As for the players, all concede that having an event such as the Davis Cup at the end of a long season is a massive challenge. Marin Cilic played in the title match on Sunday where Croatia lost 2-0 to the Russian Tennis Federation.
“It definitely is different,” Cilic commented on the Davis Cup changes in recent years. “But it’s tough to say in the end what is better, what is not. For us the whole system worked. This new system worked amazingly well.”
World No.2 Daniil Medvedev has voiced his backing to the prospect of having the 2022 finals staged across Europe, then moving the knockout stages to the Middle East. However, he admits the timing of the competition is problematic for some of his peers.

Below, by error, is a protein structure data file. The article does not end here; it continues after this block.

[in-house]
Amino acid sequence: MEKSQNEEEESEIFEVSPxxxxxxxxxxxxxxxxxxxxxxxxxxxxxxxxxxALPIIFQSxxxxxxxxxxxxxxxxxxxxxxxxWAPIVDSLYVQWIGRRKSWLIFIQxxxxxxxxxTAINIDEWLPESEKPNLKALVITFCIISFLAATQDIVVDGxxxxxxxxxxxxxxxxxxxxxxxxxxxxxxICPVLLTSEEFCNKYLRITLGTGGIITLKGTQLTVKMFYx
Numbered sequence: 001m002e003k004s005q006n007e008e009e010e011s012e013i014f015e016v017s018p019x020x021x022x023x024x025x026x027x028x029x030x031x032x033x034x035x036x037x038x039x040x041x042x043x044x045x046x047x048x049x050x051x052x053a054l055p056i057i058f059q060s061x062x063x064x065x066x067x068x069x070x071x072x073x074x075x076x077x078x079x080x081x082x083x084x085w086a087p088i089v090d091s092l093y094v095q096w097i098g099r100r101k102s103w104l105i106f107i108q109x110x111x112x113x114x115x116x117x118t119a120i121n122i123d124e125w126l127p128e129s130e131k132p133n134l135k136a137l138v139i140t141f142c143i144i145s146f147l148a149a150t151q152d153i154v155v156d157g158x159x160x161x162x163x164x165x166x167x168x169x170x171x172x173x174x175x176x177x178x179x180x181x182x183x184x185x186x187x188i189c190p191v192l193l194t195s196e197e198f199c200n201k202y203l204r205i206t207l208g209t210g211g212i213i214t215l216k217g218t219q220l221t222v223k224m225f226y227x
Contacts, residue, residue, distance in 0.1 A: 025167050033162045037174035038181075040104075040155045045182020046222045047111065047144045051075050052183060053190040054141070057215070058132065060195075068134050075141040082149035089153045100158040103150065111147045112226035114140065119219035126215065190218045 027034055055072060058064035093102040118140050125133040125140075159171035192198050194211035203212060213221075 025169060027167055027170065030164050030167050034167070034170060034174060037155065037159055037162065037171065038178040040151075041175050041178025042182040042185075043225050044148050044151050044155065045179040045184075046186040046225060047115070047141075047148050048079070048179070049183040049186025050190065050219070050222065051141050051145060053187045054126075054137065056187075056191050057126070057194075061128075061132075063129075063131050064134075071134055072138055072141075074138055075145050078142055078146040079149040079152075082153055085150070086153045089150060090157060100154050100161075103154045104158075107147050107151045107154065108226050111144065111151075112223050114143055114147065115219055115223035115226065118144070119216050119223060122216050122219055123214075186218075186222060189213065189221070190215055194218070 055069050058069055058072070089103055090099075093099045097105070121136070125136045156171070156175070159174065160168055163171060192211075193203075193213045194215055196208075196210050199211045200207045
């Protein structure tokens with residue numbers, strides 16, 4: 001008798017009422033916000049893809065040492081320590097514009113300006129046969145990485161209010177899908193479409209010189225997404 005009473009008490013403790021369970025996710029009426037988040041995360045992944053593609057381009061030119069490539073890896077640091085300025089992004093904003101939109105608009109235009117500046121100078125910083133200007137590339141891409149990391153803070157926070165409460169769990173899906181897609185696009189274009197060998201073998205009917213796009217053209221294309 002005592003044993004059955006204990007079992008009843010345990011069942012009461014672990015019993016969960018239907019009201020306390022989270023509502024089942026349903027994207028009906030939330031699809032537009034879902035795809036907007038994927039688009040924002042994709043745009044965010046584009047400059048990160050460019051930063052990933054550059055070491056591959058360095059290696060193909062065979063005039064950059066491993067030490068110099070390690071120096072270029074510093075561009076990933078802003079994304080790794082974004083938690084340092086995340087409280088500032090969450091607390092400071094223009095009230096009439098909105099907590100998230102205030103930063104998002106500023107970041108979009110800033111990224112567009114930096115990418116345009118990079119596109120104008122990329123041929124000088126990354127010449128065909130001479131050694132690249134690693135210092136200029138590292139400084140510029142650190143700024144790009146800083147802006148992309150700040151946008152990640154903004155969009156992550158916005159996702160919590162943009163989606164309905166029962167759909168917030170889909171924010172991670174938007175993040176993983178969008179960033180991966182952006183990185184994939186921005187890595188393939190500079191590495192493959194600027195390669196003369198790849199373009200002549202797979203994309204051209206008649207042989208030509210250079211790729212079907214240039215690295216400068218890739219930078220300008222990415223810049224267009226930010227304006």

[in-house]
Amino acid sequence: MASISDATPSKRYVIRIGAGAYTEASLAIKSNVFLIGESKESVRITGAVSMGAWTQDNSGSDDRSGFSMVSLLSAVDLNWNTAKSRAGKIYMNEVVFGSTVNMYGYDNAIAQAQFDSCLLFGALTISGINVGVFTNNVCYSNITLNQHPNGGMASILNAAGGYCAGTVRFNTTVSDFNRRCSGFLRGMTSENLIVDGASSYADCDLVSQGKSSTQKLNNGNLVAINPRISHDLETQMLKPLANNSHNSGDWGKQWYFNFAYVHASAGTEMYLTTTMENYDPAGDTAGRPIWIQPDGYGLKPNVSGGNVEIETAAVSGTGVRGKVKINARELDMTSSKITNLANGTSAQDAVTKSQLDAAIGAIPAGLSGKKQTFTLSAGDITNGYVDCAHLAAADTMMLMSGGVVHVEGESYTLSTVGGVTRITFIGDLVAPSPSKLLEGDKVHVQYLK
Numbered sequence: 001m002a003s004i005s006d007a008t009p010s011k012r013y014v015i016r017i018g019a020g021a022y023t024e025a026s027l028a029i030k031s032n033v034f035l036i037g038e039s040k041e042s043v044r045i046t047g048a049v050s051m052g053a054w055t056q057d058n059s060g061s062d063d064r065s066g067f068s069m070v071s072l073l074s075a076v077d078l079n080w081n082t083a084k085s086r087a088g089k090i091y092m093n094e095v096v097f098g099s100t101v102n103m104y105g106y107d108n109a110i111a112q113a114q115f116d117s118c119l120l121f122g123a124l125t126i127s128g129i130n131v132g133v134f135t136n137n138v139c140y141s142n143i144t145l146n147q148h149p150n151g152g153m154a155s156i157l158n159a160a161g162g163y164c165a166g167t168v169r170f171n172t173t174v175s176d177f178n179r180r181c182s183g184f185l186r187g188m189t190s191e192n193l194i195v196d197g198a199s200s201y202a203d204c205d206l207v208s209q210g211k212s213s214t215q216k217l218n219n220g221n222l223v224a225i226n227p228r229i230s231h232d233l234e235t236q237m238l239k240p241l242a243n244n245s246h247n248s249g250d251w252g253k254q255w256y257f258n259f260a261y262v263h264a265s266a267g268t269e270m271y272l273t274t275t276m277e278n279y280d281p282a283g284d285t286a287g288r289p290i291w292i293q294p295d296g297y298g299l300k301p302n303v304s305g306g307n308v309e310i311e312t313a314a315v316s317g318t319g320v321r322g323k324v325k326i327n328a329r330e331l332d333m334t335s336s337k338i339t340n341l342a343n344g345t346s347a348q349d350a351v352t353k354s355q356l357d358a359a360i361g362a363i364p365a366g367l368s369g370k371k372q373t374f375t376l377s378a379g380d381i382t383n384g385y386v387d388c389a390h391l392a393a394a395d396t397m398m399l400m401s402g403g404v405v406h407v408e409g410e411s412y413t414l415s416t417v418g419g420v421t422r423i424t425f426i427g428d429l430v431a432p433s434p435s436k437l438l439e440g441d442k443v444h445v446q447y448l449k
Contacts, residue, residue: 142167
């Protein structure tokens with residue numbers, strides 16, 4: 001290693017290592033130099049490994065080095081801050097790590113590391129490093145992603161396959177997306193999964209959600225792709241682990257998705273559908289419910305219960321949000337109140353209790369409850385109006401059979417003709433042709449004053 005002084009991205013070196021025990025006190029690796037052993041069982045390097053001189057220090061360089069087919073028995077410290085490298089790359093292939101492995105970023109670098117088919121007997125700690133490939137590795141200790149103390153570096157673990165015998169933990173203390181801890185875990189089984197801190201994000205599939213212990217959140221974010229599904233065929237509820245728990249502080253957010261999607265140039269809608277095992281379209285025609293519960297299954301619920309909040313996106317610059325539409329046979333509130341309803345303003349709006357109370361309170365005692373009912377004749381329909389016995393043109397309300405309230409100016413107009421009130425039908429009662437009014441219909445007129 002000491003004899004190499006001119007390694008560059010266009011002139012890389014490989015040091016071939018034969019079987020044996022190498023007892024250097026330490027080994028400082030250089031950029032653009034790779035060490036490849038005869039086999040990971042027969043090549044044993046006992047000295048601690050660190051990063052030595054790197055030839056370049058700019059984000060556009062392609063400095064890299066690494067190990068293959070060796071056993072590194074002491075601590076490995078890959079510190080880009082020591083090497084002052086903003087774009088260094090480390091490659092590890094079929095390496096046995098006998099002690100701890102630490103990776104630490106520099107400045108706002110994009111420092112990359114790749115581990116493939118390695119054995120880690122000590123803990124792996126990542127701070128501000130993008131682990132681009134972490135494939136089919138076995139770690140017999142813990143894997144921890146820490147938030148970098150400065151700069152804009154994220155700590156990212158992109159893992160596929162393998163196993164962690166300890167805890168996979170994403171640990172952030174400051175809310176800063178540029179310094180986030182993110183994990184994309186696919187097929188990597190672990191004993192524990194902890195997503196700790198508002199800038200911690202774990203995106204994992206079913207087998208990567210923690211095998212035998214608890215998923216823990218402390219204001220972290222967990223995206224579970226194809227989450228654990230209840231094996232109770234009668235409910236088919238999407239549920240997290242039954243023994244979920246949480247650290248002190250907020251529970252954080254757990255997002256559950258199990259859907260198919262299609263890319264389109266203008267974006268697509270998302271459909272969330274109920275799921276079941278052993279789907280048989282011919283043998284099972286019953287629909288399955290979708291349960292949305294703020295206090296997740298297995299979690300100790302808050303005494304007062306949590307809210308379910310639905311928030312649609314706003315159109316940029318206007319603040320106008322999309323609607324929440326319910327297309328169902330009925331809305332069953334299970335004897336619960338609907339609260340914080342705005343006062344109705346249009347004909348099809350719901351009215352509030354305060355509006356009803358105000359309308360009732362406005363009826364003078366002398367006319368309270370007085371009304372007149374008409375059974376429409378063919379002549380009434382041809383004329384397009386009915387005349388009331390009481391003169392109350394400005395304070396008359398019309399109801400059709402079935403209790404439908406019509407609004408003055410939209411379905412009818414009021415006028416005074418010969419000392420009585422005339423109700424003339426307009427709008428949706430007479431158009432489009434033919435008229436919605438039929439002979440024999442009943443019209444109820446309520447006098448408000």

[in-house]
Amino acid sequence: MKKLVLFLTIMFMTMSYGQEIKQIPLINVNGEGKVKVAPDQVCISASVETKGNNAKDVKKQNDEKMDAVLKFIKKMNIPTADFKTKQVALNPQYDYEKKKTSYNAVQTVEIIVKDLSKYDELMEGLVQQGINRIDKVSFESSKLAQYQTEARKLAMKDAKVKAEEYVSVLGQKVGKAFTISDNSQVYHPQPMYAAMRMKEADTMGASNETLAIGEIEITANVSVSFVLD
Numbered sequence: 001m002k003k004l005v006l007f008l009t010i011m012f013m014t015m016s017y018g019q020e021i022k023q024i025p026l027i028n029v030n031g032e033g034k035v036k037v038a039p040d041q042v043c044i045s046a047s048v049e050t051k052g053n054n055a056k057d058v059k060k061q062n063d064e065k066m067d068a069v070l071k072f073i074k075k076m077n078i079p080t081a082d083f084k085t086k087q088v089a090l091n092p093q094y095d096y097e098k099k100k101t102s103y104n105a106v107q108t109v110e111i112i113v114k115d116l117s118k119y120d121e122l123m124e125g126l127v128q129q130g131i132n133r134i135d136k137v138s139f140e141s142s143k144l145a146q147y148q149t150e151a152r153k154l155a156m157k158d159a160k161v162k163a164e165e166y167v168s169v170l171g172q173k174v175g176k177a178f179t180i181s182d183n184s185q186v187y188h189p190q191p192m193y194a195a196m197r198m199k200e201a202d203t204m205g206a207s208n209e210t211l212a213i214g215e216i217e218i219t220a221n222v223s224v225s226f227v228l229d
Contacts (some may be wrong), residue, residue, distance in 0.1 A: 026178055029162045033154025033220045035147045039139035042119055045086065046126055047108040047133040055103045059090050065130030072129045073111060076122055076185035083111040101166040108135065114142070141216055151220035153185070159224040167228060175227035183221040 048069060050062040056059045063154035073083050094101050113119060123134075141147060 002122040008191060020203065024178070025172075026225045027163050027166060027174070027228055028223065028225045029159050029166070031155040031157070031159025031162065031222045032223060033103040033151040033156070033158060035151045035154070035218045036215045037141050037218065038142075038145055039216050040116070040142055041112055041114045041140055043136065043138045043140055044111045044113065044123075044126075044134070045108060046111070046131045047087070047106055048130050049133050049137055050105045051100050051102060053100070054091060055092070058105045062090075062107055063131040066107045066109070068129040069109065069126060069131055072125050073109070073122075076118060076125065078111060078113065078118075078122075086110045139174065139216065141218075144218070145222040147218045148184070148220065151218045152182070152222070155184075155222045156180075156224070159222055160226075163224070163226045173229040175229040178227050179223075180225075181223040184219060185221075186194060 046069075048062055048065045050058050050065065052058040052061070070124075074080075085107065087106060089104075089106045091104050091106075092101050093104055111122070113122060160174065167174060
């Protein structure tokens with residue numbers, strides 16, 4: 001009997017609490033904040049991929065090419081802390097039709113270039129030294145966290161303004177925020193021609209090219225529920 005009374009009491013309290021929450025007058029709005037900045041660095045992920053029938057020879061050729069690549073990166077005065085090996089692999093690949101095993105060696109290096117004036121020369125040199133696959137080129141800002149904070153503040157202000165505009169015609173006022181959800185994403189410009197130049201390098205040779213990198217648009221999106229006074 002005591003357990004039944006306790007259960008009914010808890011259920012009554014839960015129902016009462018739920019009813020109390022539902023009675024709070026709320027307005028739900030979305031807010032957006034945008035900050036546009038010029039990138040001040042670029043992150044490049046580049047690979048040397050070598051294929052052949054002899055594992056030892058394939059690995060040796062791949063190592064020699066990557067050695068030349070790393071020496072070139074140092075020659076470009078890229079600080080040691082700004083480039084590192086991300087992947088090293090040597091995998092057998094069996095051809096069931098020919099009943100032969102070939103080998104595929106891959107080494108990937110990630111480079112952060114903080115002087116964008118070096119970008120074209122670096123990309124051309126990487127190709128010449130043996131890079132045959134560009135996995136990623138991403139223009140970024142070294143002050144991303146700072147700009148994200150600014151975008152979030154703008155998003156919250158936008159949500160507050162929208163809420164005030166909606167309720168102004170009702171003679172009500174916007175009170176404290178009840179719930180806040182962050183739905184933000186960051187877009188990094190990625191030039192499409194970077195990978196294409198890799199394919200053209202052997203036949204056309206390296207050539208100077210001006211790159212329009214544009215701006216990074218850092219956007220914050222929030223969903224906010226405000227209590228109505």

“I think the idea itself is very good. Of course, the calendar doesn’t let Davis Cup be in any other week, so that’s where it’s tough. That’s where some top players are not going to play because it’s the end of the season, somebody’s burned out, somebody’s injured, somebody wants to prepare well for Australia, so that’s not easy.” Medvedev told reporters on Sunday.
“It’s going to be tough for any player, especially those who play the Masters (ATP Finals), to be able to cope up with the season.” He added.
According to Kosmos, the four cities which will host the group ties will have to go through a bidding process with the final decision made next March. As for the fifth neutral venue, Abu Dhabi has been described as the ‘preferred option’ but it hasn’t been officially signed off yet. It has been confirmed that the entire 2022 Finals must be staged indoors regardless of the host country in order to minimised players need to adapt to various conditions.